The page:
They can make anything out of a motorbike. Most street food stalls are modified or enhanced motorbikes. Fruits sellers have an attachment to carry fruits on both sides of the vehicle. Does it not remind you of our dudhwallahs or milkmen?
At Yogyakarta, I saw these chairs and waste bins made of recycled tires. Reminded me of similar tire products I had seen at Bhagoria Haat in MP.
The best Jugaad was this – when Garuda airlines forgot to carry my vegetarian meal that was pre-requested, they gave me a tray full of fruits.
For every big & small problem, our Indonesian friends always had a solution. I never felt out of my home.
Ramayana & Mahabharata Everywhere
I always knew that the national airline of Indonesia is called Garuda. I knew that Bali is full of Hindu temples. Even then, I was not prepared to meet the characters of Ramayana & Mahabharata almost everywhere in Indonesia.
At Pentingsari, a small rice-growing village near Yogyakarta I saw these standees of Sahadeva, Bheem & Yuddhistir. I am sure Arjun & Nakul were somewhere too.
Bheem is seen as a symbol of power. I found this depiction of Bheem at a Muslim house in the lanes of Kotagede in Yogyakarta.
I was repeatedly told that Ghatot – the short form of Ghatotkach, the name of one of the Bheem’s son is a very popular name in Indonesia. Though I do not recall meeting a person with that name in India.
At Bali, of course, you see innumerable depictions of Ram, Hanuman & Durga Devi. The Kecak or the Ramayana performances that happen every day are a delight to watch.
Vegetarian Food in Indonesia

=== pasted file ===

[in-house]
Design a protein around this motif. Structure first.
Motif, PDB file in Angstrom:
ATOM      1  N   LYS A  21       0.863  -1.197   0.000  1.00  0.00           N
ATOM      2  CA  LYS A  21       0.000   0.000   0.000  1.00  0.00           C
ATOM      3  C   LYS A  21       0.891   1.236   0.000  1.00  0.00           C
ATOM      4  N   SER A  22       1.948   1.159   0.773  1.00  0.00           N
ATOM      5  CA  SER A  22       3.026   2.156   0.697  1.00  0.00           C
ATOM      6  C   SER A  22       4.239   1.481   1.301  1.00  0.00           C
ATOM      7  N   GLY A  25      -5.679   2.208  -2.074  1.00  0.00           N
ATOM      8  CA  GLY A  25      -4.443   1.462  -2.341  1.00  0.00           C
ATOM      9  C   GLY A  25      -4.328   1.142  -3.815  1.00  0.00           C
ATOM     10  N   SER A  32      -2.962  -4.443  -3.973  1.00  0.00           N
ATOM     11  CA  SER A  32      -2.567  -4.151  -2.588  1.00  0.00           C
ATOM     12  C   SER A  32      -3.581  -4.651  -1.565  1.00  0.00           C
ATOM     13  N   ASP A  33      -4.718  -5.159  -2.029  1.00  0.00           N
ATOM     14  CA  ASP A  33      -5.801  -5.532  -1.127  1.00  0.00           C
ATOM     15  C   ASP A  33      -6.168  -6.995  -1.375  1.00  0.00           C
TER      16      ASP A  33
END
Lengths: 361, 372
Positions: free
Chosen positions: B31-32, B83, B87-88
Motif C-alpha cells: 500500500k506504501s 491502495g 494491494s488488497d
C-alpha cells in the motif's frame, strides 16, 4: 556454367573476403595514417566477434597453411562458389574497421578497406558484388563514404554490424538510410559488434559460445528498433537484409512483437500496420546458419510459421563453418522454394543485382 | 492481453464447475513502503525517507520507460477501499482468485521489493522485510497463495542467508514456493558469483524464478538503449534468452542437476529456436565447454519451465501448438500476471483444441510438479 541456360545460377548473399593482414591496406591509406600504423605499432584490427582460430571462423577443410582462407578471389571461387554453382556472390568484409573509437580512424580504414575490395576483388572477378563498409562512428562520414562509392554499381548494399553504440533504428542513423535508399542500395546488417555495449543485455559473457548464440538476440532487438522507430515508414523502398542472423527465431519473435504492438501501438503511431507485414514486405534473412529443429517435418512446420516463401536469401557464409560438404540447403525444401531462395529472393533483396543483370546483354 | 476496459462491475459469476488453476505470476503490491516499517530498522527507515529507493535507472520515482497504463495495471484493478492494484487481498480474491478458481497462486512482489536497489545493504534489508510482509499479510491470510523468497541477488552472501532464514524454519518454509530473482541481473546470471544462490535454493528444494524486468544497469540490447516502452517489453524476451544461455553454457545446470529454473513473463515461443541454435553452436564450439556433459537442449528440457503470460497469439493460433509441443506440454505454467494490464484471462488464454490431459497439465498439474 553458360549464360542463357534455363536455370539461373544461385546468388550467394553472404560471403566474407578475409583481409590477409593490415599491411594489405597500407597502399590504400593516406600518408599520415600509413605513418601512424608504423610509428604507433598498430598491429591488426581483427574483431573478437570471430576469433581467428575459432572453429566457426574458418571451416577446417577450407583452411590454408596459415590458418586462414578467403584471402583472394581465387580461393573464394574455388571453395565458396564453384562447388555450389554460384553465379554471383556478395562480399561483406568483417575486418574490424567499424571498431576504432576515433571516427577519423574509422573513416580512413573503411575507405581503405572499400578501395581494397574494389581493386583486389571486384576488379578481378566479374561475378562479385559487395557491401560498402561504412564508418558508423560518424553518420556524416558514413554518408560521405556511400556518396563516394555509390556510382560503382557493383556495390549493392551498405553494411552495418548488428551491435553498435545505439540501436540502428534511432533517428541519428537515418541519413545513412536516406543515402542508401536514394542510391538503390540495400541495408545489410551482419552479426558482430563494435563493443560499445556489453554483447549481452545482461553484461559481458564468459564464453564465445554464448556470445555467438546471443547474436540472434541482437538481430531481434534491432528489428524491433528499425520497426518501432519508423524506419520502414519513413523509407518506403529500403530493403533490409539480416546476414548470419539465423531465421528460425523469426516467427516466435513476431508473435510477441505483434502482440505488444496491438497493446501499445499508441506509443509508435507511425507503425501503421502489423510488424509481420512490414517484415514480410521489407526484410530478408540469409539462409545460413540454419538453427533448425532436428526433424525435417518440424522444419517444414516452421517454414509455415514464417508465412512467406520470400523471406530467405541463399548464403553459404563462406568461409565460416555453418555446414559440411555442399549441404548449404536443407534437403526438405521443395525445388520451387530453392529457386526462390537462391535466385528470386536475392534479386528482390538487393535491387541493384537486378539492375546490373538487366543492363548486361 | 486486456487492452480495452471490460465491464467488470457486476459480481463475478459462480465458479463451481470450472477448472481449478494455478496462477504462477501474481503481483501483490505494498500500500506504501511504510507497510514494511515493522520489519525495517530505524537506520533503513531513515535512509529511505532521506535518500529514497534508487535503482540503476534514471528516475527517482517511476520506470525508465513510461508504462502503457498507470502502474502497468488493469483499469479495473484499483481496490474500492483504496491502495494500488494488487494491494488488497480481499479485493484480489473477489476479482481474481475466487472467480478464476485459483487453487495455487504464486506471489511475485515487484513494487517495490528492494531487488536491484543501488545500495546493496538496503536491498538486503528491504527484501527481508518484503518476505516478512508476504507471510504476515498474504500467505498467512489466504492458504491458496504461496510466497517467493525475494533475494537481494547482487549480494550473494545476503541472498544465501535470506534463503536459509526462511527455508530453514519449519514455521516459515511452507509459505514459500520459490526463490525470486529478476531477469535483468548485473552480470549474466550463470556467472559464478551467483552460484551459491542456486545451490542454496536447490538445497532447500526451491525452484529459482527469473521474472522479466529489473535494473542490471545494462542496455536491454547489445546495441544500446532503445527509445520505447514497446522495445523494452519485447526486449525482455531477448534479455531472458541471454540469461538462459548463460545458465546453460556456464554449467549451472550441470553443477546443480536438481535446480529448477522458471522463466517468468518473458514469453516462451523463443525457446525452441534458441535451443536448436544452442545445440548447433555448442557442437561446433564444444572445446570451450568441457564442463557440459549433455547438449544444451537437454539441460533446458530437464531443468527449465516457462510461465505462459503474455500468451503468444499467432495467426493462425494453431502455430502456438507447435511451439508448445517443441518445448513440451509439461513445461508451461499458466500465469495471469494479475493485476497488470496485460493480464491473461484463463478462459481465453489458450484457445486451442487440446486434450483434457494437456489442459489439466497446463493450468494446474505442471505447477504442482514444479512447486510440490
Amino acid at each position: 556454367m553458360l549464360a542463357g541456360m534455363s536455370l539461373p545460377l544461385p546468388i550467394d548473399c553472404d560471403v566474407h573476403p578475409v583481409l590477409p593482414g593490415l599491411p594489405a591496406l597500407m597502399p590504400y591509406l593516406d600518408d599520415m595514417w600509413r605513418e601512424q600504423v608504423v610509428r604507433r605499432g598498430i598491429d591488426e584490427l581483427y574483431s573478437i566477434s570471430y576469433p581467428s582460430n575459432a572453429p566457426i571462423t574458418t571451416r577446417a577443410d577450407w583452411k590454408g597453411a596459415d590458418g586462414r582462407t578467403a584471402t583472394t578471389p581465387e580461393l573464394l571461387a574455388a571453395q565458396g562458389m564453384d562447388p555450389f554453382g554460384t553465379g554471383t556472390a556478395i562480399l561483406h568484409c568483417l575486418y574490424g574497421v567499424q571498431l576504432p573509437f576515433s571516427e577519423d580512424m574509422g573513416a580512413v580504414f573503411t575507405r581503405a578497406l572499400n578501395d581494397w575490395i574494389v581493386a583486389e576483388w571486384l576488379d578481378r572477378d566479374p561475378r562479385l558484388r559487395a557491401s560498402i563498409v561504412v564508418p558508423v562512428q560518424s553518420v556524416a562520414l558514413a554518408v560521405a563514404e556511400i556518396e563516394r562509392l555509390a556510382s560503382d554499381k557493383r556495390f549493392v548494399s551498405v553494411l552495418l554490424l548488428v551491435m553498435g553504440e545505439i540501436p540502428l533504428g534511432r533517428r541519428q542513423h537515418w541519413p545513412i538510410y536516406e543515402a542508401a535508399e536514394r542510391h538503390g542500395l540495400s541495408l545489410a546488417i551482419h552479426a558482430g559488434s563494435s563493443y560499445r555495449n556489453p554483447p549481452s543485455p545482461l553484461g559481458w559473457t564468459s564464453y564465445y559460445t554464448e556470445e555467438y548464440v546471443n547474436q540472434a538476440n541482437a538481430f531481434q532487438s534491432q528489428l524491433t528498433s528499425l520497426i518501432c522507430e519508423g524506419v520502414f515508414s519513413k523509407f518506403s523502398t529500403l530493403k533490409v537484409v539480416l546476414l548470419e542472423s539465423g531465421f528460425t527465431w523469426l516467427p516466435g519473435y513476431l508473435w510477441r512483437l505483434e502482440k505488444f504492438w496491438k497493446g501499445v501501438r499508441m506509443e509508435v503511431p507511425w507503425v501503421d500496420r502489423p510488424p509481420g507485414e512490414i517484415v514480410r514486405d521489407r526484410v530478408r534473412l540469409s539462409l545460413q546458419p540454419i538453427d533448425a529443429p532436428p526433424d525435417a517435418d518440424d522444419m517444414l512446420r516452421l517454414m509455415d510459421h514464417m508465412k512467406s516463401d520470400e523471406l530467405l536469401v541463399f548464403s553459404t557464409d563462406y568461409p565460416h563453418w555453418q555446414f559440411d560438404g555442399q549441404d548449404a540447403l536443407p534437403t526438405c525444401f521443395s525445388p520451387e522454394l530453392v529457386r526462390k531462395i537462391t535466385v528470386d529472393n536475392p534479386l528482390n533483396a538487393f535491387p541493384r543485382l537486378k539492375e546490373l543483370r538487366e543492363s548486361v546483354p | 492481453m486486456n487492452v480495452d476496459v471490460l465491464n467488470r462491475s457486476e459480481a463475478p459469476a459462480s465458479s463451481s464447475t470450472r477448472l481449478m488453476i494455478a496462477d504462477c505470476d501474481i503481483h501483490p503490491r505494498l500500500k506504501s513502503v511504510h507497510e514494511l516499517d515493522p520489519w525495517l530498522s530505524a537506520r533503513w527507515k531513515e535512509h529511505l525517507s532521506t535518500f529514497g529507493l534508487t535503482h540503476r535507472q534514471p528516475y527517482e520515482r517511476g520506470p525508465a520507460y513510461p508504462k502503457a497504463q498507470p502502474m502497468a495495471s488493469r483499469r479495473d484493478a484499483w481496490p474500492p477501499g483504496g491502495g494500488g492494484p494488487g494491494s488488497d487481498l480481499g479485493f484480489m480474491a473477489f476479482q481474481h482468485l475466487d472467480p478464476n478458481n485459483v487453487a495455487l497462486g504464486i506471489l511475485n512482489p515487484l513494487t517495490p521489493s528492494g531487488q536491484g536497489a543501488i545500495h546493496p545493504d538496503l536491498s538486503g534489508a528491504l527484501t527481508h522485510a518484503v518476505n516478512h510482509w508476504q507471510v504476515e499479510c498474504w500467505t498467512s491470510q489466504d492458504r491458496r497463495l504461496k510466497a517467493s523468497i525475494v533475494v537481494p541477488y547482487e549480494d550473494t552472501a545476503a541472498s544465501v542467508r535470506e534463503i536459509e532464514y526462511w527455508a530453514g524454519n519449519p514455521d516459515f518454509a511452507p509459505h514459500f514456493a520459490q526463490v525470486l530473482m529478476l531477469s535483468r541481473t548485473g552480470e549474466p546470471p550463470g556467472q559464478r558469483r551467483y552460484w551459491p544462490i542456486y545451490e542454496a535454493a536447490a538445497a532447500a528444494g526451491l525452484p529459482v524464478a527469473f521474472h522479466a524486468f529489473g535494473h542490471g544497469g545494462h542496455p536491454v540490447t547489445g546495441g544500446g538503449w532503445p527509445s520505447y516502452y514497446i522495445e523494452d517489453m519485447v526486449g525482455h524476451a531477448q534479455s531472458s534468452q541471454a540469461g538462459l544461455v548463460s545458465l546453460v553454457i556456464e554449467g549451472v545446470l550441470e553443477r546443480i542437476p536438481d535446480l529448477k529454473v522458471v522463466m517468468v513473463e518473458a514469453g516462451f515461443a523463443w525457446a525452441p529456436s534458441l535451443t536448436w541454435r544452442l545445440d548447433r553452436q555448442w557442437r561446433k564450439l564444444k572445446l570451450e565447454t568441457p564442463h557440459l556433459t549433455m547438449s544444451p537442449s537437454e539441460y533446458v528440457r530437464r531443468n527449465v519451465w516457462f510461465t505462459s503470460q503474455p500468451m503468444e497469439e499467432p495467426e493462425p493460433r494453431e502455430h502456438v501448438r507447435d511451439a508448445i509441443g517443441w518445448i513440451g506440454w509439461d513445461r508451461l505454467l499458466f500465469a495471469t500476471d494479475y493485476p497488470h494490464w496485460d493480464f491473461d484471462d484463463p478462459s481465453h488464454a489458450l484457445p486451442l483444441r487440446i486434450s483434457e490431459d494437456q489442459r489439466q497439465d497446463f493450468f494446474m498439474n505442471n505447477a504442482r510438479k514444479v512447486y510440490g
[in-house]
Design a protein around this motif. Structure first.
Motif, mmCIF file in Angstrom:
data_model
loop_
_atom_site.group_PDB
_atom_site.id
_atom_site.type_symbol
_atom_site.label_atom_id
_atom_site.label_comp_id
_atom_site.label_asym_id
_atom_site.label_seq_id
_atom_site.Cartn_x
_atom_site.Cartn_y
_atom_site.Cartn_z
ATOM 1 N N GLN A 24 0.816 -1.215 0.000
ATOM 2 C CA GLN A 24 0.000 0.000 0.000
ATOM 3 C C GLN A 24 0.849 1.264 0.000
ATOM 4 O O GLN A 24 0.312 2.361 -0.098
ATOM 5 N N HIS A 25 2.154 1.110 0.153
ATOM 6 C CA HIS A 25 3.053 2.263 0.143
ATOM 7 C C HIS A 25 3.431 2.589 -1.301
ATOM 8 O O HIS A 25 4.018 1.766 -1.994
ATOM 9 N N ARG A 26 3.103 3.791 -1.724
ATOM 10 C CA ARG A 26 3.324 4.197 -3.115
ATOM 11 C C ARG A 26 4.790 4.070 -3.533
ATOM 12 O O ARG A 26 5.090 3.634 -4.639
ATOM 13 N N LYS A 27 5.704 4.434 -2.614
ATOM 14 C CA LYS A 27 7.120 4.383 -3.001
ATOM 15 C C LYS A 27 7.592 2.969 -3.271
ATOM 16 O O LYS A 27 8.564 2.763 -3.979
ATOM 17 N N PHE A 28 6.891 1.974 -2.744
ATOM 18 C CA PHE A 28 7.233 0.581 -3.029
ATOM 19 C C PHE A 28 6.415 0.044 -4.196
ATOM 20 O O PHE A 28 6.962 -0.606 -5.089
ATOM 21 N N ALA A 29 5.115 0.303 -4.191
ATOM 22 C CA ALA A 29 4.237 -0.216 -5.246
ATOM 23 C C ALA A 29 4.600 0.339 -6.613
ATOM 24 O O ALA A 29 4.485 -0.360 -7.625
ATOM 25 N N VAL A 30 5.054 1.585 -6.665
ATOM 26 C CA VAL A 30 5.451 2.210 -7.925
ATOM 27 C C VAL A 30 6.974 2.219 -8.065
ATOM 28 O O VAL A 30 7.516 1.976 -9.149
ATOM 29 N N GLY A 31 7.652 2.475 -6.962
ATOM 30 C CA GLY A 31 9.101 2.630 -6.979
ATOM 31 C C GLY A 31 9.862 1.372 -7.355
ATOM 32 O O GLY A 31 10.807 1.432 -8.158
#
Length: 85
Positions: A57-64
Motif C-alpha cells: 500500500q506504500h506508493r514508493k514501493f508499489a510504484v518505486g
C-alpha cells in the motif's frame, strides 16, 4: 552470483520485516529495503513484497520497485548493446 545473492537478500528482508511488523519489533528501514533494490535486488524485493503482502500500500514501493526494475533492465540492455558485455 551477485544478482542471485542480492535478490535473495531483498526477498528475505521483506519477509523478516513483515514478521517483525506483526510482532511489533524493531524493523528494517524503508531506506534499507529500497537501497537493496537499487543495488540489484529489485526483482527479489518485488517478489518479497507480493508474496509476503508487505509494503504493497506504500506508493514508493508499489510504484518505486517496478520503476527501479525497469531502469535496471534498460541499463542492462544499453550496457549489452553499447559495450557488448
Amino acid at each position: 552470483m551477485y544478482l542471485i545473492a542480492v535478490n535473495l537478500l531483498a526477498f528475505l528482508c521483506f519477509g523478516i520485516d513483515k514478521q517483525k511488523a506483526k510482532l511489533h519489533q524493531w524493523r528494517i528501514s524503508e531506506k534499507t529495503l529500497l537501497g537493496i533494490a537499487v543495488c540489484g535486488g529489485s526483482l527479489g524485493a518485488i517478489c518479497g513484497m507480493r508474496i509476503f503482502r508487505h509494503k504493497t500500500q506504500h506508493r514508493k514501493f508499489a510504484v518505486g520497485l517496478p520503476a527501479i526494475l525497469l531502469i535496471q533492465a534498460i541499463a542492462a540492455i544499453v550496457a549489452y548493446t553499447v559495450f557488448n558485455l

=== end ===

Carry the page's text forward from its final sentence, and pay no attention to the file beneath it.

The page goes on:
As a vegetarian, I was a bit concerned about the availability of vegetarian food in Indonesia. Our hosts took great care in making sure that we always had ample vegetarian meals. Most of the times we had rice with Tofu, Tempe & some green leaves. Eggplant made an occasional appearance. Casava came in various shapes and forms.
Being a rice eating country, half of the vegetarian problem is taken care of. Rice fields can be seen almost everywhere.
The salt levels are relatively low in food. I ended up asking for salt all the time.
Most snacks are sweet but thankfully they are made with Palm Sugar or honey.
Bananas are eaten in abundance. At Tirtha Empul in Bali, small vendors were offering a free banana to every visitor.
They have more local brands of food in the supermarket than standard multi-nationals that we see everywhere.
One thing that I missed big time was curd or yogurt. Looks like the concept of curd is totally absent from Indonesian cuisine.
People of Indonesia
What I would remember the most from this trip is the people of Indonesia. My birthday came on the 2nd day of the trip and I got some of the warmest hugs from my Indonesian friends.
People of Indonesia are warm, fun and cool.
I had an opportunity to talk to kids of a school in Waisai island of Raja Ampat in Papua region. I asked them what they want to become when they grow up and the top 3 answers were – Doctors, Police, and Teachers. In fact, they still use the word Guru for the teacher.
I only wish people of Indonesia smoked a lot less. The younger generation smokes like there is no tomorrow.
Everyone loves Bollywood
Almost every Indonesian can sing a few Bollywood songs. At the same school, I was astonished to hear a young school girl sing Arijit Singh’s songs. A lot of Indonesian bloggers introduced themselves with the song – Tujhe Dekha to yeh Jana Sanam. No, they do not understand a word of the lyrics, but they sing it with perfection.
Bollywood has to be India’s most impactful soft power.
Incidentally, it seems, there is not much travel exchange happening between India and Indonesia. Most of us Indians in the group were traveling to Indonesia for the first time and most Indonesians we met had not traveled to India.
I am surprised that there is no direct flight between India and Indonesia. It’s time to rectify this.